This is not the first time Kotzias has disclosed the presence of such heinous criminal activity. In October 2018, the former official stated, "We sent 93 cases to the Prosecutor, highly evaluated ambassadors went to jail, but the press did not write about them. Because the person who gives a visa in Constantinople [Istanbul] to an unaccompanied child is not just a criminal, he is traitor. A visa for a 14-month-old unaccompanied baby and they tried to cover it up for him."
The former official says he has filed 93 prosecution cases involving diplomats seeking to exploit children. Fortunately, these people are already in jail. "The fact that I saved a few souls will make me sleep quietly when my life is over," Kotzias commented.
But the illegal organ trade is far from extinction, and for thousands of children, this nightmare is still far too real.
Writing for the Gatestone Institute, Maria Polizoidou reports that there are over 3,000 unaccompanied immigrant children residing in Greece, and some 42 percent of those children are homeless or live in a non-permanent residence. All of them are at risk of being exploited, either through sex trafficking or organ harvesting.
The problem of child organ harvesting is not specific to Greece; the black market for organs is an international issue, ignored as it may be.
The European Union Agency for Law Enforcement Cooperation, or Europol, has estimated that over 10,000 of the 270,000 refugee children who entered Europe in 2015 are missing. Brian Donald, Europol’s chief of staff, says that many of the children were unaccompanied, so it is possible the number of missing kids is much higher.
A 2016 report from Europol indicates that corruption is a primary factor in facilitating people smuggling.
The United Nations Office on Drugs and Crime also reported:
In 2011, it was estimated that the illicit 'organ trade' generated illegal profits between USD 600 million and USD 1.2 billion per year. Underground 'organ markets' present a significant threat to the security of national organ donation systems, eroding the image of transplantation and public confidence in organ transplantation worldwide.
... Trafficking in Persons Protocol states that if the victim is a child, that is a person below the age of 18, consent is irrelevant regardless of whether any improper means (such as deception, force, abuse of a position of vulnerability) have been used. That means, trafficking in children for organ removal only requires that there is an act (recruitment, transport, transfer, harbouring or receipt of a child) for the purpose of exploitation through organ removal.
Greece has been identified as a prime source of black market organ harvesting for several years now. In 2012, the New York Times reported on the rise of illegal organ trading in Europe. Greece was named as one of the countries where illegal organ sales were appearing as a result of poor financial status.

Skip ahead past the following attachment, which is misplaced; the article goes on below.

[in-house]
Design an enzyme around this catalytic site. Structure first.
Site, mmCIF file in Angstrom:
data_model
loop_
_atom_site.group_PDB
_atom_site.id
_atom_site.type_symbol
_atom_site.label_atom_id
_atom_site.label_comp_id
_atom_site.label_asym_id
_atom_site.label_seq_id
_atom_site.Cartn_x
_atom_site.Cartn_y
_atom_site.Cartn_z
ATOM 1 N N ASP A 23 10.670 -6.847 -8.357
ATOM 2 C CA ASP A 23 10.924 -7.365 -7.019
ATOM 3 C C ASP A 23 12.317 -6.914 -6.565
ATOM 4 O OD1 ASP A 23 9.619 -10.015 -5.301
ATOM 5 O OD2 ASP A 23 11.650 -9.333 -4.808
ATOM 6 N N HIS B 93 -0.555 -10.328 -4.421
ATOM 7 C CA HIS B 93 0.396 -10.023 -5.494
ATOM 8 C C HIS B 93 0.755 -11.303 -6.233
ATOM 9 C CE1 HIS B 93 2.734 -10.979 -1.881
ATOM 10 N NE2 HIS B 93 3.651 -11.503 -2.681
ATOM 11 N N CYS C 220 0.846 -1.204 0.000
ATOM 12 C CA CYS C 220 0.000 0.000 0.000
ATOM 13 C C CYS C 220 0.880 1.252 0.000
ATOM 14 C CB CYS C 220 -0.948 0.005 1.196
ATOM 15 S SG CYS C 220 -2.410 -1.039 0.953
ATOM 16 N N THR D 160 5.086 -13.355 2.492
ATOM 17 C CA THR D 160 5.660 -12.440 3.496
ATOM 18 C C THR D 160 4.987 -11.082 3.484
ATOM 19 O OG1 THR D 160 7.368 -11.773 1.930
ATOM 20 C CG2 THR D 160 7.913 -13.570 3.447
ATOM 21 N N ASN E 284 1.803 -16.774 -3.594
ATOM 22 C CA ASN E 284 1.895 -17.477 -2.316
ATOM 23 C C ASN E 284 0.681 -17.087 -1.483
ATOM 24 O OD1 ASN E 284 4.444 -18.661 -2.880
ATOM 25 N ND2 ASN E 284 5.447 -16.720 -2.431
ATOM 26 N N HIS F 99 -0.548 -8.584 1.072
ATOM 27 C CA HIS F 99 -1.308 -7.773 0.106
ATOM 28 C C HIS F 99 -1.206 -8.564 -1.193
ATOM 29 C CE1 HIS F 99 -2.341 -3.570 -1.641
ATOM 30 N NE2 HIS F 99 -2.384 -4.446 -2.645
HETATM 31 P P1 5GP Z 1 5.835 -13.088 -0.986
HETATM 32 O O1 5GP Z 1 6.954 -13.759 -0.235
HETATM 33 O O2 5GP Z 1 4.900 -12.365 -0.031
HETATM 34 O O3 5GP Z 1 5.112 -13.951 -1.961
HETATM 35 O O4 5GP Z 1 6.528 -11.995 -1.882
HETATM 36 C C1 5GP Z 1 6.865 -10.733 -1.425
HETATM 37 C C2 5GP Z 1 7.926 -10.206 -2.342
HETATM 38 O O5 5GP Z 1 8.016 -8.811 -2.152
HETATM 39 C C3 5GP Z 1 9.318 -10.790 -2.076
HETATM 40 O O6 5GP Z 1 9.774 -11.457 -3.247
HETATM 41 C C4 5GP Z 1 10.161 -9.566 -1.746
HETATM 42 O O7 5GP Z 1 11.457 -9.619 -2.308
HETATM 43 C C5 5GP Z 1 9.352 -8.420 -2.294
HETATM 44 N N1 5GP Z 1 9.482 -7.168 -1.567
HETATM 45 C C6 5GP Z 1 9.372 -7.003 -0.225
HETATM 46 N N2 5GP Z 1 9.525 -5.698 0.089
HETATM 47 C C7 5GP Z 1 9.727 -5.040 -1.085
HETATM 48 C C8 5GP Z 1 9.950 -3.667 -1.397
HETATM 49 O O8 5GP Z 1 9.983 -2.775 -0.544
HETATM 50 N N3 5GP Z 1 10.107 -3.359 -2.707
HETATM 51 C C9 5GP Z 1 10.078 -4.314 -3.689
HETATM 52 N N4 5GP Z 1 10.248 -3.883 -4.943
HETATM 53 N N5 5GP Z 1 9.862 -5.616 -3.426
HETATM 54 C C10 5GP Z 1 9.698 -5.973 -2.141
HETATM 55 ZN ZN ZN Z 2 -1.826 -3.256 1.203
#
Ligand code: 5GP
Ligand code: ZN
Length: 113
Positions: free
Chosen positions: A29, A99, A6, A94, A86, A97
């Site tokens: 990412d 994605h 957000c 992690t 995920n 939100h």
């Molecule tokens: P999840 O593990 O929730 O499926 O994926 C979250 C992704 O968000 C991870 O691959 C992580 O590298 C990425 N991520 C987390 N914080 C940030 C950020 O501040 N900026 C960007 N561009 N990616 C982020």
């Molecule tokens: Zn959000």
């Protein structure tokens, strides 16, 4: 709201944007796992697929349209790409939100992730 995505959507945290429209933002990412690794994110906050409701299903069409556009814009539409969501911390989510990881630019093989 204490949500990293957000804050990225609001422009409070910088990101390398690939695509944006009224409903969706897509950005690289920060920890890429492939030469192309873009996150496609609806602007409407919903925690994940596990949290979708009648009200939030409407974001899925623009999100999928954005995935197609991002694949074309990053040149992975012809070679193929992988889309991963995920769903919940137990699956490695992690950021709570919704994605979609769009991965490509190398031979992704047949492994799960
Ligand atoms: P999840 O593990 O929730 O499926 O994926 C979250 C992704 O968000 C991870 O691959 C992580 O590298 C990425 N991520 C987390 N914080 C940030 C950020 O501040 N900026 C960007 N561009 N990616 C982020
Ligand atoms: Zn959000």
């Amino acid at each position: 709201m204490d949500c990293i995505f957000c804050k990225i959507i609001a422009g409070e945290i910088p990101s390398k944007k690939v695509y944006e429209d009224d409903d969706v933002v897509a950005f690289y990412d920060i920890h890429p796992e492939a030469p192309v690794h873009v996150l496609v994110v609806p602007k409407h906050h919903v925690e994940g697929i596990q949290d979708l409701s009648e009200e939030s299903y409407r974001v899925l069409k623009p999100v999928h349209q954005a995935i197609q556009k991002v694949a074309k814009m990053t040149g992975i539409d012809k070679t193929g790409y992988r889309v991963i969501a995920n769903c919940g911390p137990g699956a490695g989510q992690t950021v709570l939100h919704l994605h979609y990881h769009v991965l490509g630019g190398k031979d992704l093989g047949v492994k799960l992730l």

"I will sell my kidney, my liver, or do anything necessary to survive," a Serbian woman told the Times.
Much of the organ market also involves migrants and refugees, and as Katzias has revealed, unaccompanied children are especially at risk.
In 2016, the U.K.'s Independent reported that refugees who were unable to pay for being smuggled from Africa to Europe were being killed for their organs.
As Polizoidou reports:
Kotzias, for decades, was a member of the "international left" and an active globalist. He is considered by many "an insider". Now he has taken the mask off of the supposedly humanitarian face of Greek and European hospitality to immigrants and refugees. Under the "humanitarian" face and the open-border policies there is the face of profit from people-smuggling. Part of the migration effort, evidently, is all about money, not about helping foreigners in need.
Across the EU, the plight of human trafficking for organ smuggling can be seen. Katzias "revealed that a network of government officials, doctors and organ buyers, all of whom facilitate and profit from illegal organ trafficking," exists. Polizoidou says there is a "house of human sacrifices in Greece and the EU," and that even children are being put up for sale on the organ market. Egypt is another hub for black market organs.
The black market for organs is booming around the globe. Estimates suggest that for every three people who need a kidney, only one is available -- and transplants are notoriously precarious endeavors. As the world's population gets older and sicker, the need for organs is only going to grow. Some wealthy elite are even going so far as to buy blood from young people to preserve their health.
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Sources for this article include: